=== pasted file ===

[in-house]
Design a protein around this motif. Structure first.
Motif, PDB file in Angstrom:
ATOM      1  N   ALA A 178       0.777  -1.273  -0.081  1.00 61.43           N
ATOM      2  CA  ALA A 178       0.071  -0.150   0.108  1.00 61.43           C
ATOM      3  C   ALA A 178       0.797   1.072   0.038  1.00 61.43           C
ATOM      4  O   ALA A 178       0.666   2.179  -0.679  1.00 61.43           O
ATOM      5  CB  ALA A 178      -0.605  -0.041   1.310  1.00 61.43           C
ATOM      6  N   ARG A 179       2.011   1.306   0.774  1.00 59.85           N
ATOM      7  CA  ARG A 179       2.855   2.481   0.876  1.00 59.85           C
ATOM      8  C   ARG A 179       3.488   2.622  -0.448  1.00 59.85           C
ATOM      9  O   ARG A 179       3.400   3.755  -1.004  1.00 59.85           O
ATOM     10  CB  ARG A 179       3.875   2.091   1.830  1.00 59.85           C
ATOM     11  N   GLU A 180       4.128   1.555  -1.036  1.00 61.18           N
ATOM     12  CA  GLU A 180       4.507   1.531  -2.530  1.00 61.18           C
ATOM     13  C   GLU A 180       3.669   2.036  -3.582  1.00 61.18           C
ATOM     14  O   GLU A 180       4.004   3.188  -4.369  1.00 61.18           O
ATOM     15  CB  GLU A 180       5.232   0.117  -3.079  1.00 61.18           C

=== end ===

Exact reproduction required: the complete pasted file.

[in-house]
Design a protein around this motif. Structure first.
Motif, PDB file in Angstrom:
ATOM      1  N   ALA A 178       0.777  -1.273  -0.081  1.00 61.43           N
ATOM      2  CA  ALA A 178       0.071  -0.150   0.108  1.00 61.43           C
ATOM      3  C   ALA A 178       0.797   1.072   0.038  1.00 61.43           C
ATOM      4  O   ALA A 178       0.666   2.179  -0.679  1.00 61.43           O
ATOM      5  CB  ALA A 178      -0.605  -0.041   1.310  1.00 61.43           C
ATOM      6  N   ARG A 179       2.011   1.306   0.774  1.00 59.85           N
ATOM      7  CA  ARG A 179       2.855   2.481   0.876  1.00 59.85           C
ATOM      8  C   ARG A 179       3.488   2.622  -0.448  1.00 59.85           C
ATOM      9  O   ARG A 179       3.400   3.755  -1.004  1.00 59.85           O
ATOM     10  CB  ARG A 179       3.875   2.091   1.830  1.00 59.85           C
ATOM     11  N   GLU A 180       4.128   1.555  -1.036  1.00 61.18           N
ATOM     12  CA  GLU A 180       4.507   1.531  -2.530  1.00 61.18           C
ATOM     13  C   GLU A 180       3.669   2.036  -3.582  1.00 61.18           C
ATOM     14  O   GLU A 180       4.004   3.188  -4.369  1.00 61.18           O
ATOM     15  CB  GLU A 180       5.232   0.117  -3.079  1.00 61.18           C